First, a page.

Wednesday, June 11, 2008


As planned, the House of Councillors passed a non-binding censure motion against the Fukuda government this evening.

It should be noted that the upper house passed twelve bills — including four government bills — on Tuesday, bypassing normal deliberation to clear the agenda for the censure motion. Correct me if I'm wrong, but hasn't the DPJ complained about the government's "ramming" legislation through the lower house with insufficient deliberation?

The government will not surprisingly ignore the motion and carry on; the lower house will pass a confidence motion in the prime minister on Thursday.

For once I agree with Machimura Nobutaka, who said that he understood the motion's "political appeal" but saw no legal meaning in it. Breathless foreign coverage of the motion notwithstanding, all the DPJ has done is said, by way of a non-binding resolution, what it's been saying all along: we object to how the LDP-led coalition is governing Japan. Yes, now it's the upper house that's saying it — officially — and not the DPJ, but that's a trifling distinction.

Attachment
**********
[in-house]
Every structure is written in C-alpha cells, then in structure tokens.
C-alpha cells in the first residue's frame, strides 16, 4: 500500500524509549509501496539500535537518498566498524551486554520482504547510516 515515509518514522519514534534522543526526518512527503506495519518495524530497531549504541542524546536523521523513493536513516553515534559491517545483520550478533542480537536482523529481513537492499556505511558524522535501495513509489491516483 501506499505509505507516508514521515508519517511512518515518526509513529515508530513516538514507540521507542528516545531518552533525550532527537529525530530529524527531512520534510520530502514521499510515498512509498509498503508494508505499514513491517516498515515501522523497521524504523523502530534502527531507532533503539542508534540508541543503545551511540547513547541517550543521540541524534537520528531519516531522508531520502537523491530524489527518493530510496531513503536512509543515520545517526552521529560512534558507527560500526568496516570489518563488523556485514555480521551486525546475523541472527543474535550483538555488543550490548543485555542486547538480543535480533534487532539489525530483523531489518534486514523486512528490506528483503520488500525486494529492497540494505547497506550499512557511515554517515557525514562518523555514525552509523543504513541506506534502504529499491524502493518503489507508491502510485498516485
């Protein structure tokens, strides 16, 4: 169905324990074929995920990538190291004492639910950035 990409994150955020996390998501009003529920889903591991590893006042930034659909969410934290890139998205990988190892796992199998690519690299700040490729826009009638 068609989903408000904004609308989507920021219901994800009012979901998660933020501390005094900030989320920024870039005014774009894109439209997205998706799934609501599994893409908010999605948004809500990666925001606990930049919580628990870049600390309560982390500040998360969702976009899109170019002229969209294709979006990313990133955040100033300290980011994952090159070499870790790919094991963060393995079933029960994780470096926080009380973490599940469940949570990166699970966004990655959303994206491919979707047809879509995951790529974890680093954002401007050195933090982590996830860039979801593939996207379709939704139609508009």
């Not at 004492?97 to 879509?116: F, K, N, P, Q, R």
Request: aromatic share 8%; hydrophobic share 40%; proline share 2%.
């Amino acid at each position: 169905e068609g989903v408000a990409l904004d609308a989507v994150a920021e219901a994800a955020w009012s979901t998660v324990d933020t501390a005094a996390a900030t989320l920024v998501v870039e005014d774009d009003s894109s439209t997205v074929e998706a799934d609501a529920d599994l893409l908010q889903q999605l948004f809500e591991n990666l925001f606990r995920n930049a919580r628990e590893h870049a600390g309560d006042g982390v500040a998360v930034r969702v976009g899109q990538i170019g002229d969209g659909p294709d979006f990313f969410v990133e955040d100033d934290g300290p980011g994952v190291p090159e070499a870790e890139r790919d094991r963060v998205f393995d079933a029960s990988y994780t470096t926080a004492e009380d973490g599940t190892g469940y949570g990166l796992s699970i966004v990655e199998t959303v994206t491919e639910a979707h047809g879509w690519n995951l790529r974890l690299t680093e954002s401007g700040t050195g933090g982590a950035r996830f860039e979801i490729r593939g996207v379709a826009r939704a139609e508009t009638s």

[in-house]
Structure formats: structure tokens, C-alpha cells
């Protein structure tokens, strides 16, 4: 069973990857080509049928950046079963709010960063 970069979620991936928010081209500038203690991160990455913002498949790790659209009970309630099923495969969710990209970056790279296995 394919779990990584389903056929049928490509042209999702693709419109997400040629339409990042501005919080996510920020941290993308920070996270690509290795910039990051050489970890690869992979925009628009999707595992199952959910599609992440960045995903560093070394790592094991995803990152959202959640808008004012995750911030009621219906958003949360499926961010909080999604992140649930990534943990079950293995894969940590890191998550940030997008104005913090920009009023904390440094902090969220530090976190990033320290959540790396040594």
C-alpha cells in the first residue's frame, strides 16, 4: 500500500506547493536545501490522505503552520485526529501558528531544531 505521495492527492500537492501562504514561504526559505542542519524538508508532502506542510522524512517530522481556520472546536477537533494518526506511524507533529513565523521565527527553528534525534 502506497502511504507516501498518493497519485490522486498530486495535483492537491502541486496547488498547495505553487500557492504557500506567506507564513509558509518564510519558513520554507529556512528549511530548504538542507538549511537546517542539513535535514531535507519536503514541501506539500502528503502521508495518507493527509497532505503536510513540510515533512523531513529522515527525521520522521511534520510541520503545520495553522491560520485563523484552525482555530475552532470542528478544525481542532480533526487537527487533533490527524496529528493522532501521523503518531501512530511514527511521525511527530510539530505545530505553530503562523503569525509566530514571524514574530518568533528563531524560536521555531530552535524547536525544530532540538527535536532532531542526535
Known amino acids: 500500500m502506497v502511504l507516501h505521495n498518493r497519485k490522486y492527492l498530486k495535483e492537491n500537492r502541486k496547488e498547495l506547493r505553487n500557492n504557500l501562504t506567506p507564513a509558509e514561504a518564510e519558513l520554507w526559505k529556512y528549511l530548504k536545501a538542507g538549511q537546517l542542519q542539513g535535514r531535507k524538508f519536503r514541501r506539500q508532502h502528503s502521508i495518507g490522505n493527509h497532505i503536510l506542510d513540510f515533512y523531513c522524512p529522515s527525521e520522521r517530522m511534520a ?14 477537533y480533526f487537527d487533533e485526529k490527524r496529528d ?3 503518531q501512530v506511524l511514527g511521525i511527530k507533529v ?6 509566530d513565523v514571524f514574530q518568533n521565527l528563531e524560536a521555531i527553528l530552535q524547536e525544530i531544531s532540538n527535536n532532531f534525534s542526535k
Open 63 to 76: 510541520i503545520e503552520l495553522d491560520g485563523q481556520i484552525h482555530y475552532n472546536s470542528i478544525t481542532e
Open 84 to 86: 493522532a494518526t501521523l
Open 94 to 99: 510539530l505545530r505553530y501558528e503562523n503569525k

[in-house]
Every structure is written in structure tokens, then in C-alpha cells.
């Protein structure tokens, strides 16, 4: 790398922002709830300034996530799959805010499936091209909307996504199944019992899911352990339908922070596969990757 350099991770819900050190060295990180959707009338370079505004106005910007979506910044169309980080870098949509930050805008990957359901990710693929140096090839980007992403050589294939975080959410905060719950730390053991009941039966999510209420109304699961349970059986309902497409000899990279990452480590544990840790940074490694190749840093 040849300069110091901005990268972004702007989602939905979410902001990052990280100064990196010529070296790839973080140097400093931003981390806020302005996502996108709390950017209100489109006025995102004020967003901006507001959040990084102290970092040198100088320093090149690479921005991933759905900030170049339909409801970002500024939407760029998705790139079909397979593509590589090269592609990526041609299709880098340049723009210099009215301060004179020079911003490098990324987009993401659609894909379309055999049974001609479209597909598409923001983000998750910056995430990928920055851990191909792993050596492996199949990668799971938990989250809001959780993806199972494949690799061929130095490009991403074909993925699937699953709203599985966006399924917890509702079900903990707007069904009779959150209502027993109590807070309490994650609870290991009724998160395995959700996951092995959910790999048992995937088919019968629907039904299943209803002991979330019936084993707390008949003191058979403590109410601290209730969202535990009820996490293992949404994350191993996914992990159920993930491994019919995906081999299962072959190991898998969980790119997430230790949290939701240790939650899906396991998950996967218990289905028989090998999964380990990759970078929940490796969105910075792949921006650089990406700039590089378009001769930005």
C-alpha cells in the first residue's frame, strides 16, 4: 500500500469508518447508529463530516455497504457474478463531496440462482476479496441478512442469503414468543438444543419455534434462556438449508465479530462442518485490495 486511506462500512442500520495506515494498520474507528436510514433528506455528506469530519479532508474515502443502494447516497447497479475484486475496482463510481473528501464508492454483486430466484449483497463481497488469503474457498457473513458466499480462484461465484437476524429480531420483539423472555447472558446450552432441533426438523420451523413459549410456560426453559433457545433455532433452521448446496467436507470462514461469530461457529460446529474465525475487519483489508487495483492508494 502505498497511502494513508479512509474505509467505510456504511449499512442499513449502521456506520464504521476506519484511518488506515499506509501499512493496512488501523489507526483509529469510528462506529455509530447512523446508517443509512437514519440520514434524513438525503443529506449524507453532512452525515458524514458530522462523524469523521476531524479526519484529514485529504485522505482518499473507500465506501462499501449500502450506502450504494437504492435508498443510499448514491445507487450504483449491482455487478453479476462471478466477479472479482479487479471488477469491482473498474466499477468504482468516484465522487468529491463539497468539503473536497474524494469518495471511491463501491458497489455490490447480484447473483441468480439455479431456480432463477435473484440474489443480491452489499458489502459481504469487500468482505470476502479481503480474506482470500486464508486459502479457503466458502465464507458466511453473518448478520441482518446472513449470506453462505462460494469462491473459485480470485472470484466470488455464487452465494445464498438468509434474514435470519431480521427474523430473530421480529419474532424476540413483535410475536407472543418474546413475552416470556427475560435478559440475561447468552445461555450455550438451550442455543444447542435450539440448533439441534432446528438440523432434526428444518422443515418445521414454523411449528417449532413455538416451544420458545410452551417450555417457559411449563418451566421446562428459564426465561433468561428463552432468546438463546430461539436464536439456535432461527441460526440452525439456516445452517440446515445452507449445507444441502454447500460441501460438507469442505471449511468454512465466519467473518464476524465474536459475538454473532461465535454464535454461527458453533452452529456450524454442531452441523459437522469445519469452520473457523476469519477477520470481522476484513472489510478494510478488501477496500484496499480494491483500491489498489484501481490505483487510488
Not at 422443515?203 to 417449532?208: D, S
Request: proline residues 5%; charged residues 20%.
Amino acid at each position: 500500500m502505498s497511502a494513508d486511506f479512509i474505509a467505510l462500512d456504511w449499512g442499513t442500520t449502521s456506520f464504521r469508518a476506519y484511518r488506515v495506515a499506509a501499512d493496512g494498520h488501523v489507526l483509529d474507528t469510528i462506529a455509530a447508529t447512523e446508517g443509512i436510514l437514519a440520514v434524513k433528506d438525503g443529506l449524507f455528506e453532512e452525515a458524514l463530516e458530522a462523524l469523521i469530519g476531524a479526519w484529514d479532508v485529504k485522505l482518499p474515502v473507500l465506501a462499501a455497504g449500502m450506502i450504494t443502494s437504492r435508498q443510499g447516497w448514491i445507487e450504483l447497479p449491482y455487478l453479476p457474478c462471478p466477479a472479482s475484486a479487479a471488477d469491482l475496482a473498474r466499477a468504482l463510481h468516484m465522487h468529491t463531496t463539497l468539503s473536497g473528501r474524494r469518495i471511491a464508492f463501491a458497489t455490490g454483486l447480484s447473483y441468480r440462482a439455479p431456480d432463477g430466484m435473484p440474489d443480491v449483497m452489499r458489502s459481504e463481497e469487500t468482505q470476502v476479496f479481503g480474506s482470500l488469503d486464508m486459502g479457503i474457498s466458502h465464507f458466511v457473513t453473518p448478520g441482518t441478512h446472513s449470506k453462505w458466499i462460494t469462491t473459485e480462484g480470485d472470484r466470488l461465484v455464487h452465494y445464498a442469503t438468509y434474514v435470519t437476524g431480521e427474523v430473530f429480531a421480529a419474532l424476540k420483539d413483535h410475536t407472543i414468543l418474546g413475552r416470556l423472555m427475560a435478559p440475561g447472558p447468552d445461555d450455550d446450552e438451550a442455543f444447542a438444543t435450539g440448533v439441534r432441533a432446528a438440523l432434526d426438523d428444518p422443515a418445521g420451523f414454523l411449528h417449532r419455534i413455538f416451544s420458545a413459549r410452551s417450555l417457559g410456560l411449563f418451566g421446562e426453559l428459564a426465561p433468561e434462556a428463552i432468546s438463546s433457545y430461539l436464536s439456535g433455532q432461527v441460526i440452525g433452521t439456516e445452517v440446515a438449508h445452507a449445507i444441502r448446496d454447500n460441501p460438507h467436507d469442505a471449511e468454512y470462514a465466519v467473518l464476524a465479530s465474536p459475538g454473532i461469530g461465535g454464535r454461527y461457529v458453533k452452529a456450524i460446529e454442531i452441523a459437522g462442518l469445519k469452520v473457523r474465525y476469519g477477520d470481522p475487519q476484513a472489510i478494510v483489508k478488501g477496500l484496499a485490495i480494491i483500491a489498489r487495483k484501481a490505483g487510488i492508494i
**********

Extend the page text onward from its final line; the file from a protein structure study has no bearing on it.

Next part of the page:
On the plus side, at least the DPJ finally followed through on its threat, demonstrating just how feeble a threat it was. Did the DPJ really think that the government would crumple in the face of its censure motion, that forcing a dissolution of the lower house and a general election would be as easy as passing a non-binding resolution in the chamber they control?


Janne Morén said...

Great! Let people get that bit of theatrics out of their system. Now that it's been proven as pointless we can leave it behind and return to actual politics again.

Bryce said...

The LDP responded with an overwhelming 'motion of confidence' in Fukuda in the Lower House. Seems this one backfired on the DPJ.

That's what happens when you let them know what's coming.